Clinical Reference Systems: Pediatric Advisor 10.0
Animal or Human Bites
- Bites from rabies-prone wild animals
Rabies is a fatal disease. Bites or scratches from a
bat, skunk, raccoon, fox, coyote, or large wild animal
are especially dangerous. These animals can transmit
rabies even if they have no symptoms. Bats have
transmitted rabies without leaving a detectable bite
mark on the skin.
- Other wild animal bites
Rodents such as mice, rats, gophers, moles, chipmunks,
prairie dogs, and rabbits fortunately are considered
free of rabies. Squirrels rarely carry rabies. Rodents
can carry other diseases (such as plague).
- Outdoor pet bites
Most bites from pets are from dogs or cats. Bites from
domestic animals such as horses can be handled using
these guidelines. Dogs and cats are free of rabies in
most metropolitan areas. The main risk in pet bites is
serious wound infection, not rabies. Cat bites become
infected more often than dog bites. Claw wounds are
treated the same as bite wounds, since they are
contaminated with saliva.
- Indoor pet bites
Small indoor pets (gerbils, hamsters, guinea pigs, white
mice, etc.) are at no risk for rabies. Puncture wounds
from these small animals usually do not need to be seen
by a doctor. This kind of wound rarely goes through the
- Human bites
Most human bites occur during fights. Sometimes a fist
is cut when it strikes a tooth. Human bites are more
likely to become infected than animal bites. Bites on
the hands are at increased risk of complications. Most
toddler bites don't break the skin and don't need to be
For help with children who deliberately bite, see
First Aid for Suspected Rabies Contact
Wash the wound immediately with lots of soap and water for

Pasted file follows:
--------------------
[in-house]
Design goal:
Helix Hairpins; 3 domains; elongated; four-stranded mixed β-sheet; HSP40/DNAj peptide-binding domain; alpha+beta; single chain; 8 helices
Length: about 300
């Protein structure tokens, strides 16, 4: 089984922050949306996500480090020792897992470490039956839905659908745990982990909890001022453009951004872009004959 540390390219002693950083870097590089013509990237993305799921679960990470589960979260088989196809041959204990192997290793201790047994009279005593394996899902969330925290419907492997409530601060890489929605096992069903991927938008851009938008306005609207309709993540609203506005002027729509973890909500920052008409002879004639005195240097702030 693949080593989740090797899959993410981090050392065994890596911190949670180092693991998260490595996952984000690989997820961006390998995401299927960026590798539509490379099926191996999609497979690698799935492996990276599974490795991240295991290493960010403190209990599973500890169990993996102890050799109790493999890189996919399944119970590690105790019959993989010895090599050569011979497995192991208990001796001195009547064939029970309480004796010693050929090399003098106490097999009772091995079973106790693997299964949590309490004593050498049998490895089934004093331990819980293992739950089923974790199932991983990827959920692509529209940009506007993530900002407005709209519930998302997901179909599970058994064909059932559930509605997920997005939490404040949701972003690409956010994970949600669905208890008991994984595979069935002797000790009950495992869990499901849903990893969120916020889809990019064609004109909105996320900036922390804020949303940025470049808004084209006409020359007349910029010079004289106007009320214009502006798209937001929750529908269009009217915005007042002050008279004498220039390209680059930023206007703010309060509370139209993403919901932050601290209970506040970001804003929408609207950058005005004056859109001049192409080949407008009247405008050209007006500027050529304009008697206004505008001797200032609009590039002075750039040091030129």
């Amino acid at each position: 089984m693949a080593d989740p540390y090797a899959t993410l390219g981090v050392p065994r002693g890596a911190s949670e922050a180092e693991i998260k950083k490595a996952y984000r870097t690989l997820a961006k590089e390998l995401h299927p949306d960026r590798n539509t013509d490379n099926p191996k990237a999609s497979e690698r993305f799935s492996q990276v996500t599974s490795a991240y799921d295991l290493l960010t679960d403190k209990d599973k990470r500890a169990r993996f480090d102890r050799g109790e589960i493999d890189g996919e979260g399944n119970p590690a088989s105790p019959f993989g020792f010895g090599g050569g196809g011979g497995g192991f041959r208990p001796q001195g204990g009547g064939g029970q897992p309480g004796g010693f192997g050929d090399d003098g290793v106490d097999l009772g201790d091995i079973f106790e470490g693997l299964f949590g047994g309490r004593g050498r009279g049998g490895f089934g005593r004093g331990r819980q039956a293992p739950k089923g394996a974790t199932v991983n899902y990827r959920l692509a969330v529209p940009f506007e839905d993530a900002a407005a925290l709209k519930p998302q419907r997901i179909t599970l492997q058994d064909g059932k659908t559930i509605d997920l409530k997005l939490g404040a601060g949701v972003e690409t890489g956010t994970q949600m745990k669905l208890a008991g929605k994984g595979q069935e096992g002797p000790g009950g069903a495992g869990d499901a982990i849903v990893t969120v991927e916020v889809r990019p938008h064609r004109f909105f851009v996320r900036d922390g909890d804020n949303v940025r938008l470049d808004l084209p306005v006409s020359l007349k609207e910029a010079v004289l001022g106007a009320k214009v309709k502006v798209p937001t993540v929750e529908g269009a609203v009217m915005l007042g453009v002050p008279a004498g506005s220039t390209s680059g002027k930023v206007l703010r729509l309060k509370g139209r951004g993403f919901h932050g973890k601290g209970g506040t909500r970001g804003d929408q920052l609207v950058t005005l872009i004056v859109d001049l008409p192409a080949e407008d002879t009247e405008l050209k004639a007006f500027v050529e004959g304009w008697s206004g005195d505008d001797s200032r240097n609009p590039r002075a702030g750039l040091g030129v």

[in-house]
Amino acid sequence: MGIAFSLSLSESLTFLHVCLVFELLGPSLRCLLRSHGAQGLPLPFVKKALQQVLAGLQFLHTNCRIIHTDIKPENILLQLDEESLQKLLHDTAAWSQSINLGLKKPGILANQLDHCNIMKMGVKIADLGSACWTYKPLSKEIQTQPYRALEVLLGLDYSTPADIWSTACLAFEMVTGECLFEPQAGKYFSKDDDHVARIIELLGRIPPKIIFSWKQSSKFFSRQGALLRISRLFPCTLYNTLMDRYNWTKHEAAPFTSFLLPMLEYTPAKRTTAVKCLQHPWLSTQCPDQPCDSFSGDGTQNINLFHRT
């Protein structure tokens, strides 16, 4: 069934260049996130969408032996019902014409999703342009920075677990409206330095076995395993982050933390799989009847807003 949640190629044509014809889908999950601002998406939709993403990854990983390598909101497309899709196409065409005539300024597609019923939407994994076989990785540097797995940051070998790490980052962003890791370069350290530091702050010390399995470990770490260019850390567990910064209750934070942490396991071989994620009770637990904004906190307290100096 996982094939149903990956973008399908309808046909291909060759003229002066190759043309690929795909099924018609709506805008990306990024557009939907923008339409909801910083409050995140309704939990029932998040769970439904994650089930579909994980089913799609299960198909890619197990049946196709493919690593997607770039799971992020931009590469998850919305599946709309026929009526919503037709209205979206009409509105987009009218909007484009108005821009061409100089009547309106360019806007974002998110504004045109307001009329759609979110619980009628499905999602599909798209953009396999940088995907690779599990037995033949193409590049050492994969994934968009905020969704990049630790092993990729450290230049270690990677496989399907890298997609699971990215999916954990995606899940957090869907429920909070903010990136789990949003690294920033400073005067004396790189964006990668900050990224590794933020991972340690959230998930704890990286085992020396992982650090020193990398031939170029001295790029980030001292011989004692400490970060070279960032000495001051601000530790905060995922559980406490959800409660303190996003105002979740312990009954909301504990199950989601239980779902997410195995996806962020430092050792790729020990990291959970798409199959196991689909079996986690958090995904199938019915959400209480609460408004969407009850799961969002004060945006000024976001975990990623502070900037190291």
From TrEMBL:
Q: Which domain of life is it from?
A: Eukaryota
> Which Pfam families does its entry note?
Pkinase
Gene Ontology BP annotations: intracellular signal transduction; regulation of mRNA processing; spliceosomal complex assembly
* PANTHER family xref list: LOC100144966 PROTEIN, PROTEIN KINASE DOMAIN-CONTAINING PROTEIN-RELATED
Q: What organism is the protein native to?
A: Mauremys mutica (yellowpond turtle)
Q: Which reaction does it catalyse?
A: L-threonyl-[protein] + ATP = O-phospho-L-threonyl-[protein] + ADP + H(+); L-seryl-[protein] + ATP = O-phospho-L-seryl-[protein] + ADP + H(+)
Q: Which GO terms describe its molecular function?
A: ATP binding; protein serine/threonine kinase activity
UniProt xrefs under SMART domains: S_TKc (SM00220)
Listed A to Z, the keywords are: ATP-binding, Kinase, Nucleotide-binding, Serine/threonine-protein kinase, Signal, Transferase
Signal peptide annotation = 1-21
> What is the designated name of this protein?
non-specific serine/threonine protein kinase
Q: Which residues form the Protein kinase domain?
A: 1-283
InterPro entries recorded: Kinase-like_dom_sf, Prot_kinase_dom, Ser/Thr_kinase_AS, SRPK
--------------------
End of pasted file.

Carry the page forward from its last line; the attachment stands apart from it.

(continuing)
10 to 15 minutes. If possible, flush the wound thoroughly
under a faucet. If a wild animal or sick pet animal is
still on the premises, call the police department
immediately. If the animal is captured or dead, avoid all
contact with it. Saliva from a rabid animal can cause
rabies if it gets into a cut.
Home Care for Animal Bites (When Rabies Not Suspected) and
for Human Bites
- FIRST AID for puncture wound or laceration (deep cut)
Wash the wounded area with water and liquid soap for
10 minutes before going to your physician's office.
Scrub the wound enough to make it rebleed a little.
Also check to see when your child last had a tetanus
shot. (If your child has not had a tetanus booster in
5 years, he needs one within 3 days.)
- Scrapes and superficial cuts
For wounds that don't penetrate deeply into the skin,
wash the area of the injury with water and liquid soap
for 10 minutes. Apply an antibiotic ointment to the
wound twice a day. You can leave it exposed to the air,
or put a Band-Aid on it if it's an area that gets dirty
- Pain relief
Give acetaminophen or ibuprofen for pain.
- Observation of the pet
If there is any possibility of rabies, the pet should be
observed carefully for any signs of sickness. The pet
should be isolated from contact with humans for 10 days.
If the animal belongs to another family and they are not
cooperative, report the incident to your city's or
county's animal control division.
- Prevention of animal bites
Teach your children not to pick up sick or injured wild
animals. Teach them not to pet strange dogs, try to
break up dogfights, go near a dog that's eating, or
touch a sleeping dog. Children under 4 years of age
should always be supervised around dogs. Pit bull
terriers, German shepherds, Dobermans, and St. Bernards
are especially dangerous.
Call Your Child's Physician Immediately If:
- The animal could have rabies.
- The teeth or claws went through the skin (that is, all
puncture wounds). Note: Cat bites of the hand can
become infected rapidly and need prompt attention.
- The skin is split open (that is, may need stitches).
- The bite looks infected (red streaks or increasing
- Your child starts to act very sick.
Call Your Child's Physician During Office Hours If:
- The pain increases after the second day.
- The bite wound isn't healed in 10 days.
- You have other questions or concerns.